Easing the transition to preschool

What they don't teach you in preschool- socialization!

It is important for children to learn socialization skills at school and at home. Children are naturally egocentric at birth, thinking of themselves as the center of their world. It takes development and training to teach children to think of others as well as themselves.

This tendency is not negative, and is inborn in all human beings. However, for children to operate successfully in society, they must learn to interact with others in a healthy, positive, and productive manner. In order to prepare children to be successful in adults, it is crucial that we as adults encourage social interaction, monitor social skills, and teach healthy ways to interact with other children and with adults. Socialization skills are important not only in school but in all of adult life as well.

Prior to entering preschool socialization is taught by modeling. Parents' interaction with each other, other adults, and other children is how children learn to socialize. The importance of this learning through observing should not be devalued. Children with poor socialization skills are less likely to form healthy intimate relationships as adults, more likely to experience peer rejection, and have a higher likelihood of running into trouble either with the juvenile or adult legal system. Social skills in schools impact safety as well as interpersonal interactions, because students with poor social skills are more likely to demonstrate aggressive or violent behavior, are less likely to be able to self-regulate their behavior, and have trouble asking or accepting help from others, which makes violence a more likely response to conflicts. Academic performance is also impacted, because students who are shunned by peers develop self-esteem issues, depression, and apathy toward those around them, which makes students less likely to focus their energy on academic achievement. Some of the most important social skills for children to learn are conflict resolution, understanding and forming positive social interactions, valuing other people and their ideas, taking turns, and taking responsibility for their own actions.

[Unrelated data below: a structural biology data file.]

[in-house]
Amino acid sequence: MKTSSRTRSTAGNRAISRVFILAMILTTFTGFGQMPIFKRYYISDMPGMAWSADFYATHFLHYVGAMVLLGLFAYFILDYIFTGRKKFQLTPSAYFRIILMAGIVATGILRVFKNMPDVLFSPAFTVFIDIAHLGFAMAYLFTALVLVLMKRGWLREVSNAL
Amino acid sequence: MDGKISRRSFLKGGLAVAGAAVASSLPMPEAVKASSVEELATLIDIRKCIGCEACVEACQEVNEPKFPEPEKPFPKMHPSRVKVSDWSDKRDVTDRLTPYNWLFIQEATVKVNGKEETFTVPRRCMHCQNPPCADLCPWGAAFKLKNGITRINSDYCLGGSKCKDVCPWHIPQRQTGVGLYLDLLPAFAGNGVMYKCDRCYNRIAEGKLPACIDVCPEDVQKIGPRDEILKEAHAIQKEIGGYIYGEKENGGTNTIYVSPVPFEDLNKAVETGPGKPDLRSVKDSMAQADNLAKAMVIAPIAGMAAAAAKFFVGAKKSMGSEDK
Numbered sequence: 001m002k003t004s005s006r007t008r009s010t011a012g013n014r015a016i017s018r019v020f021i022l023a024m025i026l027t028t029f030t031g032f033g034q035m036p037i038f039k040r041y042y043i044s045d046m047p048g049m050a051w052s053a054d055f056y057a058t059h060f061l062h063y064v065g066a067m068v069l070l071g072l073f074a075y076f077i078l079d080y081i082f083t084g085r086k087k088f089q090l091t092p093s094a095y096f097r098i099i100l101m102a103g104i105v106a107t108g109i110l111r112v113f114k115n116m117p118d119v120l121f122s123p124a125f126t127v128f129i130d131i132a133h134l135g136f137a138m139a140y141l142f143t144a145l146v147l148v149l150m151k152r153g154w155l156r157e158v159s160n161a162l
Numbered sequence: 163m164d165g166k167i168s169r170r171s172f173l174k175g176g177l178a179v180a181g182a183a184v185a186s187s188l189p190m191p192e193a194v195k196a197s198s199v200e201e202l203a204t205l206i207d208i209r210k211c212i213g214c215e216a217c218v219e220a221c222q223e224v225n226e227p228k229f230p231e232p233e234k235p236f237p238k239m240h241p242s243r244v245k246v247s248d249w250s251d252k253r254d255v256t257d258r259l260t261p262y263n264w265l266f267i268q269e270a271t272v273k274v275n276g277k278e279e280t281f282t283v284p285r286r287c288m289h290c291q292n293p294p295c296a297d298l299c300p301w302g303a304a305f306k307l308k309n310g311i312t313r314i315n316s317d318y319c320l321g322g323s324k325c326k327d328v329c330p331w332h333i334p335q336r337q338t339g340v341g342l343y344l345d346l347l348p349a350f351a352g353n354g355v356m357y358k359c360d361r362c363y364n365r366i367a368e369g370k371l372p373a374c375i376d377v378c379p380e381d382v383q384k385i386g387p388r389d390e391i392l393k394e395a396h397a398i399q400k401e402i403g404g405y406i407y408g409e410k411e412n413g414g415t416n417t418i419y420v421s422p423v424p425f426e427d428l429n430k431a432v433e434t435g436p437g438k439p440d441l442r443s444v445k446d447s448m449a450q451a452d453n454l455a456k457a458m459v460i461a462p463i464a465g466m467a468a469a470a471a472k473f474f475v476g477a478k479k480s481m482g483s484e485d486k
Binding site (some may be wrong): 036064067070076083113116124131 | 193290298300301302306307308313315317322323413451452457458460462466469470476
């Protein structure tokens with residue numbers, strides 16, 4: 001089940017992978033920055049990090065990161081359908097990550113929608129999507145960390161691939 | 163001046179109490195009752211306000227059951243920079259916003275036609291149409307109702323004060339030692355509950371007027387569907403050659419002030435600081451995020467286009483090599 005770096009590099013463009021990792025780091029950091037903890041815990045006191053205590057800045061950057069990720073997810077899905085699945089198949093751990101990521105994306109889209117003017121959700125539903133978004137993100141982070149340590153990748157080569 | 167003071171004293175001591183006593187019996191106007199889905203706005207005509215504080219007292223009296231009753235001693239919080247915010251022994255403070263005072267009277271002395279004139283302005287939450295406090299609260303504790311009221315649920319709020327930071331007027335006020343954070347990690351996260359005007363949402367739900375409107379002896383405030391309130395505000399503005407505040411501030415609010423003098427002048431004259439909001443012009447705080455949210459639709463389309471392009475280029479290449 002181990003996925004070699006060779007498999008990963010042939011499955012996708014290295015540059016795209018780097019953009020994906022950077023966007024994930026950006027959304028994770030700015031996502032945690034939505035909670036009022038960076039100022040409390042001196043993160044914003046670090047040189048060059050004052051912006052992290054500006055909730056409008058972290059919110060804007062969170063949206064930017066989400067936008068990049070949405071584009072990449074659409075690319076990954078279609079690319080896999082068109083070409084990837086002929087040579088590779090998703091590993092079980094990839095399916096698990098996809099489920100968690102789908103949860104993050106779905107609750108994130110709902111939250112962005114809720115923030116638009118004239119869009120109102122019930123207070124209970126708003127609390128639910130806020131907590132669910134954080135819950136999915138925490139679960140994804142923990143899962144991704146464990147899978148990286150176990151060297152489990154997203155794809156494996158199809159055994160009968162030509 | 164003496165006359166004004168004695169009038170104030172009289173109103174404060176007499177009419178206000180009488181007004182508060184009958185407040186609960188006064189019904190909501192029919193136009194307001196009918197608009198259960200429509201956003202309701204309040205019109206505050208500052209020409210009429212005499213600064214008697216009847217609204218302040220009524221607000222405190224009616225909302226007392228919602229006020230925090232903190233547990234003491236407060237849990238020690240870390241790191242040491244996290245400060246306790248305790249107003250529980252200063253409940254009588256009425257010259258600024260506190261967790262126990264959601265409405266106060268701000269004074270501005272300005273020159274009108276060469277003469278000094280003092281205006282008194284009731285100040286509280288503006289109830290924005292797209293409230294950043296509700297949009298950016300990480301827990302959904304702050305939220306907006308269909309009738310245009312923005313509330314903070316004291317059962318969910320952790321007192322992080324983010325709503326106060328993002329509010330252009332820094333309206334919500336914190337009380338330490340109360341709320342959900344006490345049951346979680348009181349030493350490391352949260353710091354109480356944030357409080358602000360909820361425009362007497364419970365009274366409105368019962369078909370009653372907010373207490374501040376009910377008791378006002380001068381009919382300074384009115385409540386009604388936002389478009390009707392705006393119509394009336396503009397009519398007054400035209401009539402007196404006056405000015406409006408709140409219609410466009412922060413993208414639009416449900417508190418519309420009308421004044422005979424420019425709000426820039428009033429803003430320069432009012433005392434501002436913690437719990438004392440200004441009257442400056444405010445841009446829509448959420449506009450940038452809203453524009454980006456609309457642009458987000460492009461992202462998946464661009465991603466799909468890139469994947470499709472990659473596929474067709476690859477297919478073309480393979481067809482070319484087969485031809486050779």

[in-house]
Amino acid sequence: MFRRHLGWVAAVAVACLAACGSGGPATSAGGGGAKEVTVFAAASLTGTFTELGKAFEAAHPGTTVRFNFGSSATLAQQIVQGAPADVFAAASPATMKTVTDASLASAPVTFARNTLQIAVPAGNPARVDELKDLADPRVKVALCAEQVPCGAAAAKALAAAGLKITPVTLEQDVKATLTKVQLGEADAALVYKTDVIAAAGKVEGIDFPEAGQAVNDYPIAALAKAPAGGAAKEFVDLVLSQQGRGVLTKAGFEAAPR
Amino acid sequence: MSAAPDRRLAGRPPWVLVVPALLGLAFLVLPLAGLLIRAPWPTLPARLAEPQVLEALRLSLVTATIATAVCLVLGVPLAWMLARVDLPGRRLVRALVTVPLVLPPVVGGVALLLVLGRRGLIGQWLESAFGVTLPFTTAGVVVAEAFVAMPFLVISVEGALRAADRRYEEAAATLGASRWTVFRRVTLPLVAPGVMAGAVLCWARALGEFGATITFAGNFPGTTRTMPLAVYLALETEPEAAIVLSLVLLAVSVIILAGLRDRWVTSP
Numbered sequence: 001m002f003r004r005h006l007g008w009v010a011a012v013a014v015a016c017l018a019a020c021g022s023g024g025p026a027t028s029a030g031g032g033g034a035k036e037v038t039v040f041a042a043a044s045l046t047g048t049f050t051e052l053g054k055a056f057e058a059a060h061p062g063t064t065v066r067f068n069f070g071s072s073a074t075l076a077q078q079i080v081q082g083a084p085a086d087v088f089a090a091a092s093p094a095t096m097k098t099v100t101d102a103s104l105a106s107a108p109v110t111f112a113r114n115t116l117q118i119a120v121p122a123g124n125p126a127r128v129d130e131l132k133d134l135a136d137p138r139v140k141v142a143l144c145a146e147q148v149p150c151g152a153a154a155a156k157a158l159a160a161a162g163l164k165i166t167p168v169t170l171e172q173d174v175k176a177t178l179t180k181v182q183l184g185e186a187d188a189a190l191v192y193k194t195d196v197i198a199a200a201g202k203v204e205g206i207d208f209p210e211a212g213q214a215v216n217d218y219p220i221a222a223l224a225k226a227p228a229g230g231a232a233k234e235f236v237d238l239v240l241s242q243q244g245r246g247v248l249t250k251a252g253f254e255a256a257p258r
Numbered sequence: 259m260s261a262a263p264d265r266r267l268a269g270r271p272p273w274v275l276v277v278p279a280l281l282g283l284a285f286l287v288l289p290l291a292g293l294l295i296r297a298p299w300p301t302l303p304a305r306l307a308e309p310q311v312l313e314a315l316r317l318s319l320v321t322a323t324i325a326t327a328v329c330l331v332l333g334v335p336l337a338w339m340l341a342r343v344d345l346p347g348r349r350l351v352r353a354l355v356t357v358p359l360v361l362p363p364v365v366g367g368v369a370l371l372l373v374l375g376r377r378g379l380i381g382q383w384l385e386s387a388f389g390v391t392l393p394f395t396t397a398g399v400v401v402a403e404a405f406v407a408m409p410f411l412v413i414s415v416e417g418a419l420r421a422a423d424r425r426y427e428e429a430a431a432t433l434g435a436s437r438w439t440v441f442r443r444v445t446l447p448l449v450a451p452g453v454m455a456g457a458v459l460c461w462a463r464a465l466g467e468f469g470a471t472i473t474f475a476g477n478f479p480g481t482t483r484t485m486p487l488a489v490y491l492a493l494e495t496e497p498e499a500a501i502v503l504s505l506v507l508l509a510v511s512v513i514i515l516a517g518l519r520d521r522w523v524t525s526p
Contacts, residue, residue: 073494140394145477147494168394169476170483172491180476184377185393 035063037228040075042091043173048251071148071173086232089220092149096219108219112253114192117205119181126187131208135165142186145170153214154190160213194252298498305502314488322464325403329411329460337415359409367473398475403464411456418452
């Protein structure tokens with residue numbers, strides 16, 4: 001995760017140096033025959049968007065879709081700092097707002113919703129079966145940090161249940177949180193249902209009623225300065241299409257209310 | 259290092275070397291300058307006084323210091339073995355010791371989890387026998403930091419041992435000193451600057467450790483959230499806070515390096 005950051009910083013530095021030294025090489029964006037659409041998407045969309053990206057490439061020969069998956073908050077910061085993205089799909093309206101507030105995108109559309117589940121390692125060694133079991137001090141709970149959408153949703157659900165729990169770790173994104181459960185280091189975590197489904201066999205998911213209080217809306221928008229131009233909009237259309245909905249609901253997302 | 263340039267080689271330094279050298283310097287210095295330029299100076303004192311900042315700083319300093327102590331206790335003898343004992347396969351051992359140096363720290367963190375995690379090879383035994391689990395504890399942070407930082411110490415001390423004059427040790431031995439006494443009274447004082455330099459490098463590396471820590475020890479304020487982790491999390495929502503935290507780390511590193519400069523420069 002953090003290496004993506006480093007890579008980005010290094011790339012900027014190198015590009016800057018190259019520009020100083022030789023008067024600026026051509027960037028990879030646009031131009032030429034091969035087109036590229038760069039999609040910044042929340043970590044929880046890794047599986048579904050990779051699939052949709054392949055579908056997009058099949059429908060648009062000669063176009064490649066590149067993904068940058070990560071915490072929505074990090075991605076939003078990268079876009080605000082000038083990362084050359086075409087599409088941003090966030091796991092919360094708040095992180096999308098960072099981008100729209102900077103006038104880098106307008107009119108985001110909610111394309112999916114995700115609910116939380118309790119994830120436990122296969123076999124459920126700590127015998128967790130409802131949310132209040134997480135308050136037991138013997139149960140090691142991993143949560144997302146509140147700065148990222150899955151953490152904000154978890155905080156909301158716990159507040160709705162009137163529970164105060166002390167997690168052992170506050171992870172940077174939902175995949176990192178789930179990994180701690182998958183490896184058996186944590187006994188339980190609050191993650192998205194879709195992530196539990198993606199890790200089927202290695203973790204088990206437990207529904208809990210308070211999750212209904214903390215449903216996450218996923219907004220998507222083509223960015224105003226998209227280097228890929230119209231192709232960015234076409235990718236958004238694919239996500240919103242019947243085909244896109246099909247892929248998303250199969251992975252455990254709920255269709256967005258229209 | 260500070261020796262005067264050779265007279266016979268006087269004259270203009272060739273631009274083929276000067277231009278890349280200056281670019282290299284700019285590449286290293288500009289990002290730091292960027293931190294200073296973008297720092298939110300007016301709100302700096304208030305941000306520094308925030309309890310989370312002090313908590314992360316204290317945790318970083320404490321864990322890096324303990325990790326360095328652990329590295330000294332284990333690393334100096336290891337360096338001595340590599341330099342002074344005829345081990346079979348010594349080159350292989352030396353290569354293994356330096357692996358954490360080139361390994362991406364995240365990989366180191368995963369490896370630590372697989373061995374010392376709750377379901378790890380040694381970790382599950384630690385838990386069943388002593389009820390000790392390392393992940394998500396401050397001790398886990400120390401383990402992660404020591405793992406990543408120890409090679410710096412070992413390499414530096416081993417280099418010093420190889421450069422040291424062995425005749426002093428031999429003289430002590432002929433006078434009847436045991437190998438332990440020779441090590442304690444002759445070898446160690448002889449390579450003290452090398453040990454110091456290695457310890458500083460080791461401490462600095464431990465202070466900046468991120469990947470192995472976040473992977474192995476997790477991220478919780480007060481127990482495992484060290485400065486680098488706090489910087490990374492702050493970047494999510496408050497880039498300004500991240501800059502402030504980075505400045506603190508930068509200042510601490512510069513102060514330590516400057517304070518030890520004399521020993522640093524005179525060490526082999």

In an academic setting teachers are focused on minimizing peer conflict and improving literacy, and other educational skills. Prior to entering kindergarten, parents are encouraged to read a book a day to their youngsters. But, even more important is to have daily uninterupted play time.

Play time promotes healthy socialization skills:

- children learn to imagine different scenerios

- children learn to problem solves

- children discover their relation ship with the world around them

Playtime skills are the basic foundation to knowing how to share, listen and respond appropriately to conflicts themselves.

It is crucial that the adults involved in the lives of children model appropriate social behavior because children learn from what they see the adults who are important in their lives do, far more than what adults say they should do. As children grow, they realize that there are others in the world, and that other people have feelings, needs, and desires just like they do. The egocentric mental state that they are born with changes, allowing them to look outside themselves to the people, adult and children, around them. In order to learn socialization skills, children must learn to transfer the child's own thinking to others. This means that if a child does not like the way someone is treating them, they can realize that that means that if they treat others that way, the people around them are likely to get upset, and they will hurt the person that they are trying to interact with. This realization, along with proper examples from teachers and parents, allows children to tell appropriate from inappropriate social behaviors.

Prepare your child for school, PLAY!

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